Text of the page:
Tuesday, November 21, 2006

Economics and business competition
Merriam-Webster defines competition in business as "the effort of two or more parties acting separately to secure the business of a third party by offering the most favorable terms." Seen as the pillar of capitalism in that it may stimulate innovation, hearten efficiency, or drive down prices, competition is touted as the foundation upon which capitalism is justified. According to microeconomic theory, no system of resource allocation is more capable than pure competition. Competition, according to the theory, causes commercial firms to develop new products, services, and technologies. This gives consumers greater selection and better products. The greater selection typically causes lower prices for the products compared to what the price would be if there was no contest or little competition .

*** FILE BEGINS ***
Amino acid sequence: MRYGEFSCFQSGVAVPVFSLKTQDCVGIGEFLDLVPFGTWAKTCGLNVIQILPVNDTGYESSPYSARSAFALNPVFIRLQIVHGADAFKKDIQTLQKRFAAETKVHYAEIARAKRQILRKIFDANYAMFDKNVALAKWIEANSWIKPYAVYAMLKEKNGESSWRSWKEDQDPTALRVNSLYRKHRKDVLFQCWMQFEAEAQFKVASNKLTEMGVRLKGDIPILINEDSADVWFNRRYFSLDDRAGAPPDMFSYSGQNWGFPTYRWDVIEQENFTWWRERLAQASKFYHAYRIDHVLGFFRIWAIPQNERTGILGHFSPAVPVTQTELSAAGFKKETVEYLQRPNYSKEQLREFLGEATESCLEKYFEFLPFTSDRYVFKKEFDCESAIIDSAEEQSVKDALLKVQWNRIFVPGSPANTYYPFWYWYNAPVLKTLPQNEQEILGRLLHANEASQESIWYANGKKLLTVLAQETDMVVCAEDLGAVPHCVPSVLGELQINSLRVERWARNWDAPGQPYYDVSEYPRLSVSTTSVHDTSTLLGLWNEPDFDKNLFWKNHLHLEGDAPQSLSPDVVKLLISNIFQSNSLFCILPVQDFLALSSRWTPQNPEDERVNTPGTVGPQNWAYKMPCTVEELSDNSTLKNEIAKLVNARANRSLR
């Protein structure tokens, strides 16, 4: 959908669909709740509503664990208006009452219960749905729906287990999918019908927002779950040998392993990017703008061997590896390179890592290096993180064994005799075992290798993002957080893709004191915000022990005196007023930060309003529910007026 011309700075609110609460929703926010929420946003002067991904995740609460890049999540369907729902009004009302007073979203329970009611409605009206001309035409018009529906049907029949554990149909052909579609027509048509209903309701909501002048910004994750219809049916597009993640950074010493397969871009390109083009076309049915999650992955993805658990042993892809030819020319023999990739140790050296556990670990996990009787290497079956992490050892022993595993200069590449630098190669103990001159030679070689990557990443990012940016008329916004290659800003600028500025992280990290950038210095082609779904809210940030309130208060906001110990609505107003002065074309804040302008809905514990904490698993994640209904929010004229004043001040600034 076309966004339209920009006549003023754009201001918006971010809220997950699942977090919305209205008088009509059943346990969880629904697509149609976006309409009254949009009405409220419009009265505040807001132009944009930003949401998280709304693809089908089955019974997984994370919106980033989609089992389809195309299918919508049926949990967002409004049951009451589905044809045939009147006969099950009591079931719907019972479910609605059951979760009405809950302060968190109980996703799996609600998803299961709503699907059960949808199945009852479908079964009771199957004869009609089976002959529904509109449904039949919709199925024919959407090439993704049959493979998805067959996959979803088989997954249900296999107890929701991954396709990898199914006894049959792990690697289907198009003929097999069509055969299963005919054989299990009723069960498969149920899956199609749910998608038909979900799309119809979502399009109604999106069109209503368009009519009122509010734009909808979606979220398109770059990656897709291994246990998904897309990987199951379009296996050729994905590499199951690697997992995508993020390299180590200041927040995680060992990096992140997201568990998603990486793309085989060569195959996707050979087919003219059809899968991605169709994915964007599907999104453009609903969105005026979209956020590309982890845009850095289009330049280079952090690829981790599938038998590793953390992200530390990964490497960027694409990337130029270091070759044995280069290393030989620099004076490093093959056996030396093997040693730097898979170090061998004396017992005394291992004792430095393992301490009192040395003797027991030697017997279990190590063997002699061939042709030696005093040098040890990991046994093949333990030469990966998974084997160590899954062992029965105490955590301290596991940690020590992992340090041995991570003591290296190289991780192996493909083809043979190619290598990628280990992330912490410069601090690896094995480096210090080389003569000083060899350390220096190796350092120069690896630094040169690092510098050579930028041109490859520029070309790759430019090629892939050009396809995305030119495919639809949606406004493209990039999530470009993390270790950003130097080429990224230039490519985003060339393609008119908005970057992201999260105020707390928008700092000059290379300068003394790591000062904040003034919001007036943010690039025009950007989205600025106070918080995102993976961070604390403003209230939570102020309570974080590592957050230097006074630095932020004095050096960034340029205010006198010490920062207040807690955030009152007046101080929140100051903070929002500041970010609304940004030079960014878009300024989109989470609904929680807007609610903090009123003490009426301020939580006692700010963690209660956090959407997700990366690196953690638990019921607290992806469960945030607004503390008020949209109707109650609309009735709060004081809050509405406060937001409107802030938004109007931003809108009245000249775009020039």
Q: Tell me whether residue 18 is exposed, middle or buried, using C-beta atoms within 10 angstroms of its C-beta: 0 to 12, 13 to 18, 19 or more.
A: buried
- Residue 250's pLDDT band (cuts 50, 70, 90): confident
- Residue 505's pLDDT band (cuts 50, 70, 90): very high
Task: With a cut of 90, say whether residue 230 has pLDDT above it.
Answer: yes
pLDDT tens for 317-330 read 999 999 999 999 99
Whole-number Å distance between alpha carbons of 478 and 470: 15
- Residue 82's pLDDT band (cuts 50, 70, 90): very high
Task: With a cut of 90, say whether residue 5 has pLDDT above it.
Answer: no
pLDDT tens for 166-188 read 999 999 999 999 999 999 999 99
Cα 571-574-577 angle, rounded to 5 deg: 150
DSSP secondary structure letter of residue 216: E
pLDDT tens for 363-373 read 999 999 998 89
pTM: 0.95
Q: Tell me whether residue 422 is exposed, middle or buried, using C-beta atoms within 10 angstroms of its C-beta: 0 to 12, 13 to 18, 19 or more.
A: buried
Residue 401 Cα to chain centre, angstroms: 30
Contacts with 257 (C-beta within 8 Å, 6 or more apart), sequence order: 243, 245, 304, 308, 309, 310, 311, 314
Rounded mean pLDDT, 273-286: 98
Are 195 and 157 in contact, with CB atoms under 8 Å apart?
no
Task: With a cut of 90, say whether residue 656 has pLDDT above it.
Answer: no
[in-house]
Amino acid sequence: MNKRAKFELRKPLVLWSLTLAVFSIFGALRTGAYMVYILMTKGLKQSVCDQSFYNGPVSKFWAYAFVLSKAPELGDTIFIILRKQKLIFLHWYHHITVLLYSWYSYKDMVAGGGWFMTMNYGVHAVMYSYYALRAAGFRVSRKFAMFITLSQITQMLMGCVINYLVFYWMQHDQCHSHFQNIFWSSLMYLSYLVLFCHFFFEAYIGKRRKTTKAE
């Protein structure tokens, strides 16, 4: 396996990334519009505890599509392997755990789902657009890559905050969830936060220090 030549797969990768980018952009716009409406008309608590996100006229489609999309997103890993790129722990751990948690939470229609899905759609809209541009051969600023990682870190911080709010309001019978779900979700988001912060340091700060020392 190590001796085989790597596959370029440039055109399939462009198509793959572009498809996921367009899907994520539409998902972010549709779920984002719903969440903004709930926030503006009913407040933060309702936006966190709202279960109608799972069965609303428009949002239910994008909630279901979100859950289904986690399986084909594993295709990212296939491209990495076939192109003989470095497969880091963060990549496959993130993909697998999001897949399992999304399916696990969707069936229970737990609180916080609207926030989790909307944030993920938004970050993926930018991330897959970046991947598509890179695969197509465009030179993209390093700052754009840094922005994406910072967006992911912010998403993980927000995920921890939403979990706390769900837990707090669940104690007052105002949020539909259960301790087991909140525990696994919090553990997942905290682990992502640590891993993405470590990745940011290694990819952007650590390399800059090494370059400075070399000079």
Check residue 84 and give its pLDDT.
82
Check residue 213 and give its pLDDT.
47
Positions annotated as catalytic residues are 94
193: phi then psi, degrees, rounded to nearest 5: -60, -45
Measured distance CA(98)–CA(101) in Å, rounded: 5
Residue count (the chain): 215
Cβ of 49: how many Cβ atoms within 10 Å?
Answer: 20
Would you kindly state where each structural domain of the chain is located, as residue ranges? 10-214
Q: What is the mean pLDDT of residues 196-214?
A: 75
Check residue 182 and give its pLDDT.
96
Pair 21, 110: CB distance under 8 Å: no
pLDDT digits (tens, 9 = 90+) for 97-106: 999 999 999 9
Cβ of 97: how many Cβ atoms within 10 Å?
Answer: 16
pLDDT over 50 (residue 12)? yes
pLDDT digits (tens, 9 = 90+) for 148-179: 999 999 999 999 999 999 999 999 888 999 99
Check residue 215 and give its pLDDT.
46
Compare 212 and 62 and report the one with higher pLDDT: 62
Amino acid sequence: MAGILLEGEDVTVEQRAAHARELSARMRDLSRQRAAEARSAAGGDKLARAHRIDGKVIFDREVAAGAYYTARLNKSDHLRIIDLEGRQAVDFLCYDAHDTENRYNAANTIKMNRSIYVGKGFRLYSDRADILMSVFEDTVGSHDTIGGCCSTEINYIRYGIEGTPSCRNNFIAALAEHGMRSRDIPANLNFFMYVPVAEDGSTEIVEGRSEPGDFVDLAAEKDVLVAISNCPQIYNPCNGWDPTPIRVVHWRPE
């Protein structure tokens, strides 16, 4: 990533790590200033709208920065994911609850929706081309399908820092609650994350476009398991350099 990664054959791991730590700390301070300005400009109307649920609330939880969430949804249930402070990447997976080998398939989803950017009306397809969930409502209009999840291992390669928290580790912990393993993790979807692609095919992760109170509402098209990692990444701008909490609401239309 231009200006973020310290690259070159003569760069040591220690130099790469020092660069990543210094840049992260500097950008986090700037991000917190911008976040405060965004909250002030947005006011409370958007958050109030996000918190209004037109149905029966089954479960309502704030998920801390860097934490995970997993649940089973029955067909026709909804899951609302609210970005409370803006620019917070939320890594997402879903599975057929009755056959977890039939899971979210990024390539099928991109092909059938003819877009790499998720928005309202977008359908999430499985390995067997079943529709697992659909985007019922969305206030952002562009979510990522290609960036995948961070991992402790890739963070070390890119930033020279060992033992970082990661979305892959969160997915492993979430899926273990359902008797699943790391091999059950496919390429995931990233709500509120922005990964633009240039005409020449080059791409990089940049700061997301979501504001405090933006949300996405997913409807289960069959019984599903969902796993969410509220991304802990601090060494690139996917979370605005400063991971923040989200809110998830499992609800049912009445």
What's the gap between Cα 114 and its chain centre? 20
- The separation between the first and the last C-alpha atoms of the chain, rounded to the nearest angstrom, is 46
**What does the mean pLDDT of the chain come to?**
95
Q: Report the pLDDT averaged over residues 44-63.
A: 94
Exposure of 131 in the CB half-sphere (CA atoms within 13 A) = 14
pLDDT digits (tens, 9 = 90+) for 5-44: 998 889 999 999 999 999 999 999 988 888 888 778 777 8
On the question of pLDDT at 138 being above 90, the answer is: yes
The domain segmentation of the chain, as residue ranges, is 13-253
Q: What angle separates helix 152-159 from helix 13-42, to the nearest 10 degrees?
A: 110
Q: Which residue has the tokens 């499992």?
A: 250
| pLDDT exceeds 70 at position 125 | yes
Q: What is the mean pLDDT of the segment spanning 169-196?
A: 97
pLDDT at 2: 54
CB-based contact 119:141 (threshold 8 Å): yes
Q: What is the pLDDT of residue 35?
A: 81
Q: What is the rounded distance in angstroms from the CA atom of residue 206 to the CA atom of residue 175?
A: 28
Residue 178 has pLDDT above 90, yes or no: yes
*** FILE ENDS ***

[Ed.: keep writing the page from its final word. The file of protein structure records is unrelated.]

However, competition may also lead to wasted effort and to increased costs in some circumstances. Similarly, the sychological effects of competition may result in harm to those involved.

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